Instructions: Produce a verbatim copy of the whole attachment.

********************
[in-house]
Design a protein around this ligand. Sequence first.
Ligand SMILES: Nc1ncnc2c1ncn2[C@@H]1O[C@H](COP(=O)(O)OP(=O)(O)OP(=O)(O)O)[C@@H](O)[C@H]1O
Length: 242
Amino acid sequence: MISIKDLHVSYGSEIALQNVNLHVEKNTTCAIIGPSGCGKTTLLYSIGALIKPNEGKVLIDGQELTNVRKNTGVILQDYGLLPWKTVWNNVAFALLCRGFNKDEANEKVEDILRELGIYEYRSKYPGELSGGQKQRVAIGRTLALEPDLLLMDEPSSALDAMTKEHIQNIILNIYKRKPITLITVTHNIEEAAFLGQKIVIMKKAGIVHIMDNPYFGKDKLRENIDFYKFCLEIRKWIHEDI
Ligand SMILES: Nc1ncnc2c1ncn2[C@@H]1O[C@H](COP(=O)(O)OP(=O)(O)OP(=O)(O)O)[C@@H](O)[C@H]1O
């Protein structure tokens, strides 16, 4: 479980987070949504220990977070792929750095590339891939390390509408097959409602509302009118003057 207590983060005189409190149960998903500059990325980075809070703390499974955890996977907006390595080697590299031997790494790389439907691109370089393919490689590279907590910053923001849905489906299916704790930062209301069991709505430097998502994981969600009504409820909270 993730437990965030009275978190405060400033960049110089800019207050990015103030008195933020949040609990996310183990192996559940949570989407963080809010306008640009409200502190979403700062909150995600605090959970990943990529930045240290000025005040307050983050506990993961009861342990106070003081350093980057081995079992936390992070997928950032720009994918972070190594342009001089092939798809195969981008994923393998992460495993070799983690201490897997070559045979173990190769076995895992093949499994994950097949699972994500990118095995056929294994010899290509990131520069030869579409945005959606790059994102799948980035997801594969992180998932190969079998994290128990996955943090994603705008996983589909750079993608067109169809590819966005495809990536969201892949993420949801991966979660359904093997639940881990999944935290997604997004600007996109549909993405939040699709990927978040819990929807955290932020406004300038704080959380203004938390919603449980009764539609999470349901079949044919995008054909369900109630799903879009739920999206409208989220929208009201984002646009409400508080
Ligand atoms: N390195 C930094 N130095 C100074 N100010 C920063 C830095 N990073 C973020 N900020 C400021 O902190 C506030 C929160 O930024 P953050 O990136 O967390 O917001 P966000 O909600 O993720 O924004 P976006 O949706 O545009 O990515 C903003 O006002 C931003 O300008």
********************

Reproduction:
[in-house]
Design a protein around this ligand. Sequence first.
Ligand SMILES: Nc1ncnc2c1ncn2[C@@H]1O[C@H](COP(=O)(O)OP(=O)(O)OP(=O)(O)O)[C@@H](O)[C@H]1O
Length: 242
Amino acid sequence: MISIKDLHVSYGSEIALQNVNLHVEKNTTCAIIGPSGCGKTTLLYSIGALIKPNEGKVLIDGQELTNVRKNTGVILQDYGLLPWKTVWNNVAFALLCRGFNKDEANEKVEDILRELGIYEYRSKYPGELSGGQKQRVAIGRTLALEPDLLLMDEPSSALDAMTKEHIQNIILNIYKRKPITLITVTHNIEEAAFLGQKIVIMKKAGIVHIMDNPYFGKDKLRENIDFYKFCLEIRKWIHEDI
Ligand SMILES: Nc1ncnc2c1ncn2[C@@H]1O[C@H](COP(=O)(O)OP(=O)(O)OP(=O)(O)O)[C@@H](O)[C@H]1O
């Protein structure tokens, strides 16, 4: 479980987070949504220990977070792929750095590339891939390390509408097959409602509302009118003057 207590983060005189409190149960998903500059990325980075809070703390499974955890996977907006390595080697590299031997790494790389439907691109370089393919490689590279907590910053923001849905489906299916704790930062209301069991709505430097998502994981969600009504409820909270 993730437990965030009275978190405060400033960049110089800019207050990015103030008195933020949040609990996310183990192996559940949570989407963080809010306008640009409200502190979403700062909150995600605090959970990943990529930045240290000025005040307050983050506990993961009861342990106070003081350093980057081995079992936390992070997928950032720009994918972070190594342009001089092939798809195969981008994923393998992460495993070799983690201490897997070559045979173990190769076995895992093949499994994950097949699972994500990118095995056929294994010899290509990131520069030869579409945005959606790059994102799948980035997801594969992180998932190969079998994290128990996955943090994603705008996983589909750079993608067109169809590819966005495809990536969201892949993420949801991966979660359904093997639940881990999944935290997604997004600007996109549909993405939040699709990927978040819990929807955290932020406004300038704080959380203004938390919603449980009764539609999470349901079949044919995008054909369900109630799903879009739920999206409208989220929208009201984002646009409400508080
Ligand atoms: N390195 C930094 N130095 C100074 N100010 C920063 C830095 N990073 C973020 N900020 C400021 O902190 C506030 C929160 O930024 P953050 O990136 O967390 O917001 P966000 O909600 O993720 O924004 P976006 O949706 O545009 O990515 C903003 O006002 C931003 O300008």